How Long Do I Bake the Loaf?
Bake Irish soda bread uncovered in a 375°F (190°C) preheated oven for 40 minutes. The loaf will have a hollow sound when you thump it and be a gorgeous golden brown color.
Remove the pot (or pan) from the oven and cover the pot with its lid. You could drape a clean kitchen towel over the loaf if you baked the bread in a cake pan.
Covering the loaf softens the crust of Irish soda bread slightly. If you like the texture of a really crisp crust, you can skip this step. Cool the bread, covered, for 20 minutes.
How Do I Serve It?
The Irish usually eat Irish soda bread during teatime. My family eats it as breakfast bread, much like biscuits and scones.
Use a serrated knife to slice the warm loaf and spread salted butter or your favorite jam over the slices. Tea is a great drink to enjoy with it, though I’m a coffee girl myself. You can make it a full meal by serving it with fresh fruit and yogurt. Bacon is also a good idea. When is it not?
How Do I Store Leftover Irish Soda Bread?
Store baked Irish soda bread in an airtight container at room temperature for 3 days.
Reheat slices in the toaster to give them that freshly baked flavor.
Can I Freeze the Bread After Baking It?
You can freeze Irish soda bread for 2 months. First, allow it to cool completely. Wrap the loaf in plastic wrap- I also put it in a freezer storage bag- and freeze it for 2 months.
You can thaw the frozen loaf at room temperature, then slice and reheat using your preferred method.
What Other Recipes Can I Serve With This Soda Bread?
If you want to make a whole Irish meal, here are more of my favorite recipes to serve this loaf with:
- Harvest Pork Stew
- Guinness Beef Stew
- Vegan Lentil Stew (not Irish, but still tasty)
Again, this recipe is amazing on its own.
This Irish Soda Bread recipe is one of a few Irish recipes I have on the site. Seeing as my maiden name is Irish, my Irish roots (not by choice) shine through in each of them. You’ll see how this is a very easy bread recipe to make. Its simple ingredients mean you can make it whenever you crave Irish food. Let me know what you think of this recipe in the comments below. Don’t forget to pin it to your bread board for easy finding later.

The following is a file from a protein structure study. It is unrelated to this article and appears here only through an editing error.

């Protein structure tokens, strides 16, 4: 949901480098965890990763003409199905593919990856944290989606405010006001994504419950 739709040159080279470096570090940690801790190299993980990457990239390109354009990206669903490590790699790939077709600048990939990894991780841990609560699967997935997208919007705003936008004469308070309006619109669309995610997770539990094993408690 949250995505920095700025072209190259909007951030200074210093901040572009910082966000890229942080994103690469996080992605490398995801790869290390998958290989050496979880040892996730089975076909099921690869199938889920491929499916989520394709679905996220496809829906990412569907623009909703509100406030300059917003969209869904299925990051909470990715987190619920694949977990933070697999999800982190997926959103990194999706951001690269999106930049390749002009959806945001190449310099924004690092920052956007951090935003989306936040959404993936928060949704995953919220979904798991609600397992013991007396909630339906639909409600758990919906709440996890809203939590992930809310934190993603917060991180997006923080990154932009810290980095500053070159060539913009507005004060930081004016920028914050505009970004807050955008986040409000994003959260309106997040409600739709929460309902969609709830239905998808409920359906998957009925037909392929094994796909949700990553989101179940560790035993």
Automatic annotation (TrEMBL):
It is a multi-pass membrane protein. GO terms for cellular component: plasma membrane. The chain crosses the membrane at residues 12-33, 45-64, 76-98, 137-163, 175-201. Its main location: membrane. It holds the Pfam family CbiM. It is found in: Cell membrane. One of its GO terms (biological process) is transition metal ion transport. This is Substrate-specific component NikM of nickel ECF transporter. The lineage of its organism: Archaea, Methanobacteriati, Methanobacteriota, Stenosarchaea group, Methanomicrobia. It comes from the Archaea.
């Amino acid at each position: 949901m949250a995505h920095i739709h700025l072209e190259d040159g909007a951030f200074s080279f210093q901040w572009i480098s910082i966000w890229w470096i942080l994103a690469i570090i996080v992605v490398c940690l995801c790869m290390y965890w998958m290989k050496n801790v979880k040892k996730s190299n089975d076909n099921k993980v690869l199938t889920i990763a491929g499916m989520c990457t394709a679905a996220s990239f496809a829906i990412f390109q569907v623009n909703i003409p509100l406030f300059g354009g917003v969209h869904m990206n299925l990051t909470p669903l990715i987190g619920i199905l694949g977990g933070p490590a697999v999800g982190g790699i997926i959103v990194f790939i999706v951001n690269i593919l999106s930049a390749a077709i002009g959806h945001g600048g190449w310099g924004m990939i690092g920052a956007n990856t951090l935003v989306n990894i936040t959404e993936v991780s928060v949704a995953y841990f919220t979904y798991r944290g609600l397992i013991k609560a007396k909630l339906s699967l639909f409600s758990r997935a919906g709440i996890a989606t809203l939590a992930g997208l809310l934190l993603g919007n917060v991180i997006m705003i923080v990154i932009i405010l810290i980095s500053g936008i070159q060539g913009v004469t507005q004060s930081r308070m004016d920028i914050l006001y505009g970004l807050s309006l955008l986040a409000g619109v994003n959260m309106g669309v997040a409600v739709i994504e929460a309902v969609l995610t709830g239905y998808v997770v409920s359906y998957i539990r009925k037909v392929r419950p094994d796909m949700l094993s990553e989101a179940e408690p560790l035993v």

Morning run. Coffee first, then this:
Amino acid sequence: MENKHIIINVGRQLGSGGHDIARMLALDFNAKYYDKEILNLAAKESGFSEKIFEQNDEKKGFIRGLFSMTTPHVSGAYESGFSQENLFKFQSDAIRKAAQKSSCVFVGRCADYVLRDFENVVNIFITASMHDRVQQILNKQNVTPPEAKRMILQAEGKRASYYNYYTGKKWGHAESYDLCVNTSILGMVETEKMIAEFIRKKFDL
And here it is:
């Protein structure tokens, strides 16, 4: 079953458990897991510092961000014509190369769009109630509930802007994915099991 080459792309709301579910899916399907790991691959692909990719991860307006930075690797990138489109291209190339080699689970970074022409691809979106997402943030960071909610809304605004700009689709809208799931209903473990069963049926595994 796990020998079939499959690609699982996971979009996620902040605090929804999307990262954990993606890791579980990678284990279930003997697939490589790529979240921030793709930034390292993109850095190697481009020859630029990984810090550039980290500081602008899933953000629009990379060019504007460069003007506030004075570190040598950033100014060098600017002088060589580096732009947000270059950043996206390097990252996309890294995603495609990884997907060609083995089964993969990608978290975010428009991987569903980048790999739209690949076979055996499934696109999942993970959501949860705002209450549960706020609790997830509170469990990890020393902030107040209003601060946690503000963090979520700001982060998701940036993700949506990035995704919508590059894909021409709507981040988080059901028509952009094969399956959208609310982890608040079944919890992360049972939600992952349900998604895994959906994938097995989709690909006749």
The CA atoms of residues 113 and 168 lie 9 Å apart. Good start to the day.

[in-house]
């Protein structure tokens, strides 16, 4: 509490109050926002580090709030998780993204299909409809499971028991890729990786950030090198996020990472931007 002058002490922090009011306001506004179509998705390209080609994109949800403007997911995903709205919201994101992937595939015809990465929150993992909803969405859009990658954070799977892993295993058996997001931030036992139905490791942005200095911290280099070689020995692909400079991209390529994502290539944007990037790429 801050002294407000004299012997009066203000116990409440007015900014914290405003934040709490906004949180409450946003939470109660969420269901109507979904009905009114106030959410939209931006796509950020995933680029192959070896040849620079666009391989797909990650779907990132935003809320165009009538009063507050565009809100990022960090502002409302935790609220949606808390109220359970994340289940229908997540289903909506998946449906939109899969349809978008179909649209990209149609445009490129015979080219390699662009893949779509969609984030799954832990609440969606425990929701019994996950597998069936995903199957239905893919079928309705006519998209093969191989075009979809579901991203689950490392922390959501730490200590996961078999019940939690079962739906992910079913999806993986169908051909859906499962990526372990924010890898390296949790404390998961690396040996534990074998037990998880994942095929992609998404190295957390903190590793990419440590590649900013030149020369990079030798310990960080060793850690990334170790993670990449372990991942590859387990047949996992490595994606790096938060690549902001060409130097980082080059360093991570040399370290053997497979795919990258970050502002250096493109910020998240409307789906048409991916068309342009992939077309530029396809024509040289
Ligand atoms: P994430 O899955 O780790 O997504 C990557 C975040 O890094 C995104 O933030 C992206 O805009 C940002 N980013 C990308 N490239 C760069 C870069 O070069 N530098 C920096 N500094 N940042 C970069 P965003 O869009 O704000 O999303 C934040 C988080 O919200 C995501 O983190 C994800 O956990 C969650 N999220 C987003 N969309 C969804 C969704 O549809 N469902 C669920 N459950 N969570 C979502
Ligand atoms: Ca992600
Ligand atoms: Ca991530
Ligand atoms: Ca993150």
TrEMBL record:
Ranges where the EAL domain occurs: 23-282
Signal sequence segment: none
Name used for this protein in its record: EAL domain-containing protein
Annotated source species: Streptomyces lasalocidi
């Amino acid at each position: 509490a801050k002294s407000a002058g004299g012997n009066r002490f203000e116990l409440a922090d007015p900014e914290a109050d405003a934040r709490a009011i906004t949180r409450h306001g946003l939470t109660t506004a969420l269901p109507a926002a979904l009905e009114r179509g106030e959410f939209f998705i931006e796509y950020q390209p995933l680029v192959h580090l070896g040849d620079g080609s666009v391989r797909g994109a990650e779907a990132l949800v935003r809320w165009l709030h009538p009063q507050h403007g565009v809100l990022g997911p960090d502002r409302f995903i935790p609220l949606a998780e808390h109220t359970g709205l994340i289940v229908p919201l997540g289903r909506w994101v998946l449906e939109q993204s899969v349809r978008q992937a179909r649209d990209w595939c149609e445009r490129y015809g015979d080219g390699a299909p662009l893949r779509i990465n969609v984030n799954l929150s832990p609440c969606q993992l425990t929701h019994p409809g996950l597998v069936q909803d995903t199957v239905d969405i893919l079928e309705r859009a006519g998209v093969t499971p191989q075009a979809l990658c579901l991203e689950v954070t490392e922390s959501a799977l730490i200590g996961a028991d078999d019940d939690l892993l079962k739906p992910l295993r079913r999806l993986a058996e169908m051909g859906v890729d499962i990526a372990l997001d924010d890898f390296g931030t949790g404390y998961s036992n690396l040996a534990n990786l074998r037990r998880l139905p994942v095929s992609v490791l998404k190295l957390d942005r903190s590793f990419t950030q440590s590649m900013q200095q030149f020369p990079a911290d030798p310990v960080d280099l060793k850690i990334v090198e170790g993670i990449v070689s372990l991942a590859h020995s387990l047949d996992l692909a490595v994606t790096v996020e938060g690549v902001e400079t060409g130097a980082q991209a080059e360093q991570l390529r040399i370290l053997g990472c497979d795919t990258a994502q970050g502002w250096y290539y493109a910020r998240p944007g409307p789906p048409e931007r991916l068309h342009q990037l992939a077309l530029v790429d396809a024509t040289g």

Irish Soda Breadat Sense & Edibility
- cast iron dutch oven or 10-inch cake pan
- 1 cup (145 grams) currants
- 3 cups (420 grams) bread flour
- 1 cup (125 grams) cake flour
- 2 tablespoons (25 grams) granulated sugar optional
- 2 teaspoons (10 grams) baking soda
- 1 teaspoon (6 grams) kosher salt
- 1/2 teaspoon (2 grams) baking powder
- 1/2 cup (113 grams) unsalted butter cold
- 1 1/4 cups (310 milliliters) buttermilk cold
Rehydrate the Currants
- Soak the currants in 1 cup of very hot tap water for 20 minutes.Drain the currants well using a fine-mesh sieve and set them aside.
Prepare the Irish Soda Bread Dough
- Preheat your oven to 375°F (190°C). Lightly spray a 5 qt cast iron dutch oven with non-stick baking spray. Crisscross two 3-inch wide strips of parchment paper inside the pot. Set it to the side while you prepare the dough. *See notes for baking without a dutch oven.*
- In a large mixing bowl, use your hands to toss the bread flour, cake flour, granulated sugar, baking soda, kosher salt, and baking powder together for 1 minute or until well combined.
- Next, shred the cold butter into the dry ingredients. Use your fingers to break the butter into smaller pieces and coat it with the dry ingredients. The mixture should resemble coarse cornmeal when you're done.
- Toss the drained currants into the butter-flour mixture until they are coated in the flour. Add the buttermilk to the bowl with the rest of the ingredients.
- Use your hands to mix the buttermilk into the ingredients until it forms a very thick dough. Scrape the dough onto your countertop and fold it over 2 times or until it holds together. If the dough is not holding together, add a 1/4 cup more buttermilk.